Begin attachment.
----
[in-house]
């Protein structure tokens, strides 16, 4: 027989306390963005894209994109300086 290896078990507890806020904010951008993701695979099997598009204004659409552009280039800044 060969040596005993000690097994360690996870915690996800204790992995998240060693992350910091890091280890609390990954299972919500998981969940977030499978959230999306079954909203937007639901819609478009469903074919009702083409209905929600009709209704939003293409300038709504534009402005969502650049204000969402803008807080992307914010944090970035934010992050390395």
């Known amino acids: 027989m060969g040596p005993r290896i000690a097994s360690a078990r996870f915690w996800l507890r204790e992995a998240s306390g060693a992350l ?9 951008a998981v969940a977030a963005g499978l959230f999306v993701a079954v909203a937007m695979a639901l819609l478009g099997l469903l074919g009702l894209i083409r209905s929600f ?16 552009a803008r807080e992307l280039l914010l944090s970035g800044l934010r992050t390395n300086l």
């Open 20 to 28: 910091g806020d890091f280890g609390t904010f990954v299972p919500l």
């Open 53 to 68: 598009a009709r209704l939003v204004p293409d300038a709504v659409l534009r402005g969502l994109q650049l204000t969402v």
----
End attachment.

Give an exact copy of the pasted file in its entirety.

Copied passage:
[in-house]
């Protein structure tokens, strides 16, 4: 027989306390963005894209994109300086 290896078990507890806020904010951008993701695979099997598009204004659409552009280039800044 060969040596005993000690097994360690996870915690996800204790992995998240060693992350910091890091280890609390990954299972919500998981969940977030499978959230999306079954909203937007639901819609478009469903074919009702083409209905929600009709209704939003293409300038709504534009402005969502650049204000969402803008807080992307914010944090970035934010992050390395």
């Known amino acids: 027989m060969g040596p005993r290896i000690a097994s360690a078990r996870f915690w996800l507890r204790e992995a998240s306390g060693a992350l ?9 951008a998981v969940a977030a963005g499978l959230f999306v993701a079954v909203a937007m695979a639901l819609l478009g099997l469903l074919g009702l894209i083409r209905s929600f ?16 552009a803008r807080e992307l280039l914010l944090s970035g800044l934010r992050t390395n300086l």
């Open 20 to 28: 910091g806020d890091f280890g609390t904010f990954v299972p919500l």
């Open 53 to 68: 598009a009709r209704l939003v204004p293409d300038a709504v659409l534009r402005g969502l994109q650049l204000t969402v």